YNGWIE J. MALMSTEEN’S RISING FORCE
Released December 5, 2012 (Rising Force Records)
02. High Compression Fugue
04. Let Sleeping Dogs Lie
05. Majestic 12 Suite 1,2 & 3
06. Electric Duet
07. Nasca Lines
08. Poisoned Mind
09. God Of War
10. Iron Blues
11. Turbo Amadeus
12. From A Thousand Cuts
13. Requiem For The Lost Souls
Yngwie Malmsteen – vocals, guitar, bass and drums
Produced by Yngwie Malmsteen.
Spellbound is Yngwie J. Malmsteen‘s 19th studio album, and possibly his best work.
If the great composers of all time, from Mozart to Bach, were ever to resurrect and give a listen, now would be the perfect time.
Yngwie Malmsteen is a man who needs no introduction.
The guitar virtuoso has come a long way since his days with Steeler and Alcatrazz and the ‘Swedish Viking’ is at it again, and certainly delivers, on Spellbound. “Spellbound”, the album’s first track, sets the tempo for what’s about to transpire throughout Malmsteen‘s latest collection of music — going in and out of passages between classical and classic metal, one would associate this song to what it would sound like entering Valhalla.
The Swedish virtuoso shows the brilliance of his musical talents (he plays all the instruments on this album) by not only going back and forth between styles, but also showing his ‘bluesy’ side that comes out in tracks like “Let Sleeping Dogs Lie” and of course “Iron Blues”.
Comparing Spellbound to Malmsteen‘s past works such as Perpetual Flame would be somewhat unfair. In terms of his guitar playing style, I feel that there’s more riffing and less scales on this album. But I also find that there are certain similarities between Yngwie‘s past work, such as Rising Force and Trilogy, as this new album delivers an ’80s influence with more rounded guitar playing. I believe Malmsteen has gone back to see what he could absorb from his past work and applied it to Relentless, and now Spellbound.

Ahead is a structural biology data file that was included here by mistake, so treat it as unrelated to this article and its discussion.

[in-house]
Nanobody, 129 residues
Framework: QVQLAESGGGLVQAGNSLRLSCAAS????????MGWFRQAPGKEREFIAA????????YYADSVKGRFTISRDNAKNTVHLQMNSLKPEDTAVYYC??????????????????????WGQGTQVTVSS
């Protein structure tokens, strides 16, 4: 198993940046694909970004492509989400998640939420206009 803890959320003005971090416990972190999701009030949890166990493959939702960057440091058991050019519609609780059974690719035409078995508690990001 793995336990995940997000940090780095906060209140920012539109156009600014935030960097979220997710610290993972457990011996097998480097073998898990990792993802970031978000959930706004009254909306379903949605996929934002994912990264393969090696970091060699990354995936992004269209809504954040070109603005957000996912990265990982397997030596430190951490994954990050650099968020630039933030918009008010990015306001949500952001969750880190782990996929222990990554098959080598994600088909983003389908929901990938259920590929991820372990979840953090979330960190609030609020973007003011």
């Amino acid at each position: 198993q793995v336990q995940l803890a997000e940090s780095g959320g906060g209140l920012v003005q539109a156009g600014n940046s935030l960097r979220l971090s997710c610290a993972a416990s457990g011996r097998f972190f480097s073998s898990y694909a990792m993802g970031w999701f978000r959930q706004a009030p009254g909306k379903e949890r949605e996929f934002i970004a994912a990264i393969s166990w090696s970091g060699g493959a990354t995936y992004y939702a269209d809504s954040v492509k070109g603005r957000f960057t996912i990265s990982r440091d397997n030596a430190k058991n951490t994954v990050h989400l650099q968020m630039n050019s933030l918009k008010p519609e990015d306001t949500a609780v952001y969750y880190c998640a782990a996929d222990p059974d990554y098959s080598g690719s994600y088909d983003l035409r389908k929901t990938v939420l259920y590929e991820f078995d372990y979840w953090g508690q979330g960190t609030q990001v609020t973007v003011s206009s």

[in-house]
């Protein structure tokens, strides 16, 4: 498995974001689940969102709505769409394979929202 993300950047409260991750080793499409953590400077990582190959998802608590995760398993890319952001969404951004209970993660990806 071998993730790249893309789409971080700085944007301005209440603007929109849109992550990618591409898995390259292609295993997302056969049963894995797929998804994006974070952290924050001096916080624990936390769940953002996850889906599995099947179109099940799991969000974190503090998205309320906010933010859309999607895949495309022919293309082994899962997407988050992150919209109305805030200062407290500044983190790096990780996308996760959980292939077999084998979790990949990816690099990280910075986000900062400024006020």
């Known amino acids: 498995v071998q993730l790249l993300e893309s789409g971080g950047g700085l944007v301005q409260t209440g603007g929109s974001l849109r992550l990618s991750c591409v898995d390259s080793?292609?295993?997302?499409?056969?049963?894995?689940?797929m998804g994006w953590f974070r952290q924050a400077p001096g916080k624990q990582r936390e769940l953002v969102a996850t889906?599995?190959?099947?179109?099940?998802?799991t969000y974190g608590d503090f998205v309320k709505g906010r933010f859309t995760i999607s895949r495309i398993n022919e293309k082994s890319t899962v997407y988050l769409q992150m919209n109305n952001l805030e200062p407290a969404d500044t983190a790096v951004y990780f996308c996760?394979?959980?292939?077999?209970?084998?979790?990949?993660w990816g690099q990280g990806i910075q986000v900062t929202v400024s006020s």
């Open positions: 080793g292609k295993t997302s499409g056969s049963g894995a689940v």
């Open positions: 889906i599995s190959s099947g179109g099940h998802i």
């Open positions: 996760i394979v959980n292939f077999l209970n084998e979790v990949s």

“Repent” finds Malmsteen displaying his vocals, and it works rather well with the style of classical metal represented on this particular track, but it could be considered filler by the guitarist’s standards. Another song I feel is substandard is “Nasca Lines”, although the interesting aspect of this track is that Malmsteen introduces yet another guitar style to his repertoire — ‘Flamenco’. “God Of War” is possibly my favorite with its classic guitar intro leading into heavy drumming before drifting back into classical guitar. The flowing of guitar passages and hard pounding skins, that travel back and forth, form a charismatic style of both heavy and melodic, combining to form an orgasmic feeling.
I think, and how could I not, that Yngwie represents (in terms of feeling) every track he plays on, demonstrating both Dr. Jekyll and Mr. Hyde elements. Yngwie Malmsteen is an extreme guitar player and brings out his inner feelings to the max through his instrument. His talent, of indescribable proportions, is bewildering, and while we all know he is very controlling he did manage to thank his fans on this album. Spellbound is for every guitar lover, of every kind of music — so grab a beer or a glass of wine, or whatever you desire, kick back, and take it all in.
Reviewed by Emidio Vaz for Sleaze Roxx, March 2013